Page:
If one looks at Baptist theology in the last 300 years they also have had similar ideas, identifying themselves in spirit with groups like Bogomils, Albigensians, Montanist, etc.... (see History of the Baptists for a sample). "Baptists are not Protestants" was a common theme a hundred years ago. In the last hundred years with the rise of "evangelical Christianity" Protestants more and more have become baptists often in all but name and the vast majority of evangelical Christianity agrees with the baptists on every major doctrine. And the baptists themselves have moved closer to the Adventists, it is not at all unusual to hear a evangelical degraded "traditions of men", or talk of Jesus not religion. So the movement is towards denying any kind of meaningful belief in "One holy Catholic and Apostolic church". Moreover while the ties to these earlier groups from Christianson in principle are denied in practice the theology has been edging ever closer, as has been commented on multiple times (see Against the Protestant Gnostics for a good book on the convergence).

So we have a Protestant ecumenical movement that looks to make the Catholic church just another denomination. Conversely, Catholic ecumenicism seeks to reunify the churches, that is convert everyone back to Catholicism. The Protestant movement is quite popular and the view of the catholic church that is friendly while denying all of its particular claims, is popular. I was curious about how this would work in practice given these countervailing trends.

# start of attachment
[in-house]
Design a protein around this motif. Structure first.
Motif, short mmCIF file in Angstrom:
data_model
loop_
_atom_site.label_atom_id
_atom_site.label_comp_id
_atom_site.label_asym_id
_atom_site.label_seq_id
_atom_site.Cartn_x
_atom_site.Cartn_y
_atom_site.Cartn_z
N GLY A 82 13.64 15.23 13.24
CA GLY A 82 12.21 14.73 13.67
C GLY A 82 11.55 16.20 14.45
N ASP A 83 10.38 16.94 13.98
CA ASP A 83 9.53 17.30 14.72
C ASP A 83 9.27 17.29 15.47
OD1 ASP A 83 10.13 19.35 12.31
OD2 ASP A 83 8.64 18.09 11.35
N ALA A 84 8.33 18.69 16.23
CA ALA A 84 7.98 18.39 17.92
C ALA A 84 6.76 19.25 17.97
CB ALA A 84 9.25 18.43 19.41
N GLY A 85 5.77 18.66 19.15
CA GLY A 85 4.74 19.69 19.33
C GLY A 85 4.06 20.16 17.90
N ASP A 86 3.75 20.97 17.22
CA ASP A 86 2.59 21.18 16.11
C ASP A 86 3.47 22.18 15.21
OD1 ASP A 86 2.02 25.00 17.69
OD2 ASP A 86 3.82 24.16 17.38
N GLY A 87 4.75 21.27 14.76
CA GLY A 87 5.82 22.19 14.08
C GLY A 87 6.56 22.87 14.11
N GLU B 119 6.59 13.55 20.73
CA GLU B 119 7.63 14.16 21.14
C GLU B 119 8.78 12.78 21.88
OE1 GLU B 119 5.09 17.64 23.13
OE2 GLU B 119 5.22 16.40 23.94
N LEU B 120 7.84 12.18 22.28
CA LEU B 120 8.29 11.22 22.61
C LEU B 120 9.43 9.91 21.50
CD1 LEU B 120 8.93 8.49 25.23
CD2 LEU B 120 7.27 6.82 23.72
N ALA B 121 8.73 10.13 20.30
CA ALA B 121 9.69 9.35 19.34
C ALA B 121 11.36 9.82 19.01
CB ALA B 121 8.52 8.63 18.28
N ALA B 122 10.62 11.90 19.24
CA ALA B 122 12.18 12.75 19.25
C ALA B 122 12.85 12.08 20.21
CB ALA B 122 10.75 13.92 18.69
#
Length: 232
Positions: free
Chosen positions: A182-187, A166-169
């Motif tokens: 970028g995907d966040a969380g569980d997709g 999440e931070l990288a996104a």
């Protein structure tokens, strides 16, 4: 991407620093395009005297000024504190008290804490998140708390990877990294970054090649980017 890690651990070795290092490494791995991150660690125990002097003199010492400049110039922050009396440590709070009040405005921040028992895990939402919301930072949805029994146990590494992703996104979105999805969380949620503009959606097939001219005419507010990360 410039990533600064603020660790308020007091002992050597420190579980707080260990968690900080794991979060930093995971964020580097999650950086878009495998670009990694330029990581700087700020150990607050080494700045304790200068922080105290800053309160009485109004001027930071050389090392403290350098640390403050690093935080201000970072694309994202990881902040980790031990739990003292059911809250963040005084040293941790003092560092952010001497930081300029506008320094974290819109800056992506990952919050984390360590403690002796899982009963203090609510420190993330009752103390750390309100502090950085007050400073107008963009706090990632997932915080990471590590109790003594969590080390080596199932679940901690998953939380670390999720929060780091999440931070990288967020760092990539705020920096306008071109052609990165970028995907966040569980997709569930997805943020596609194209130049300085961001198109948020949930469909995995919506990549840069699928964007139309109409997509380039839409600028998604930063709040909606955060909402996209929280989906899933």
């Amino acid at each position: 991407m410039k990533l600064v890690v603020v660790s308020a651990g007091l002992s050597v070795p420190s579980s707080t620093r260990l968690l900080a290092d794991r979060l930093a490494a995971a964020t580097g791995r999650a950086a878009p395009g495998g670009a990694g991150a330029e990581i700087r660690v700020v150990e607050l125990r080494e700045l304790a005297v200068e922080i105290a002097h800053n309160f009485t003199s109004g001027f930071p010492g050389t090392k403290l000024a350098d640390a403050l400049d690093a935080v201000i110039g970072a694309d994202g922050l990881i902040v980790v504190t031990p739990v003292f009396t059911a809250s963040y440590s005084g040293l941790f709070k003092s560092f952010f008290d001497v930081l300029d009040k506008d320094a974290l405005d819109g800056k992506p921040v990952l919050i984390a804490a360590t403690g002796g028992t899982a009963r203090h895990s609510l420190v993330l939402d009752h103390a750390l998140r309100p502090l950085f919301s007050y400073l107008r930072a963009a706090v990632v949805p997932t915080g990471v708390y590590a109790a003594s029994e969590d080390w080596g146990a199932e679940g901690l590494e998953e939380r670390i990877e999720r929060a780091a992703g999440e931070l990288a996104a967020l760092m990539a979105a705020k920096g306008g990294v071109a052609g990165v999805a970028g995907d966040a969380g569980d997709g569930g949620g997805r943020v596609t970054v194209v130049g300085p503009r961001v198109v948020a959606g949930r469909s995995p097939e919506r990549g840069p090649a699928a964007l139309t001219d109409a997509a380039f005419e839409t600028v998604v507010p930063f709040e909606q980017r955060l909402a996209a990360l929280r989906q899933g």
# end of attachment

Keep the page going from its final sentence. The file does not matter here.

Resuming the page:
So I thought I would engage in discussion at a Catholic ecumenicalism blog entitled "Called to communion", that I had assumed would represent a good sample of the ecumenical group. Perhaps, they do, but what I found was this blog combines pride in hillbilly know nothingness with insane level of arrogance and hold that up as the grace of the infallible church. By the end of a few days on it I felt like making a donation to Jack Chick in their honor. It put me in a "Who would ever want to unify with that?" frame as far as the church. This blog is an anti-apologetic if ever I saw one. So my review is short and sweet. Stay away. This is an ecumenical blog with no interest in discussion, no intent at dialog where the people are to put it bluntly assholes.

On issue after issue after issue they were simply dead wrong on the fact. On issue after issue after issue they projected a view of the Catholic church as inherently and obviously superior. Further they actually believed themselves to be personally superior, a "we are the catholic elite". I literally had somebody tell me on the blog I had to earn the right to discuss stuff, "prove myself". Oh like the thousand plus pages I've written on church doctrine, law and history aren't proof?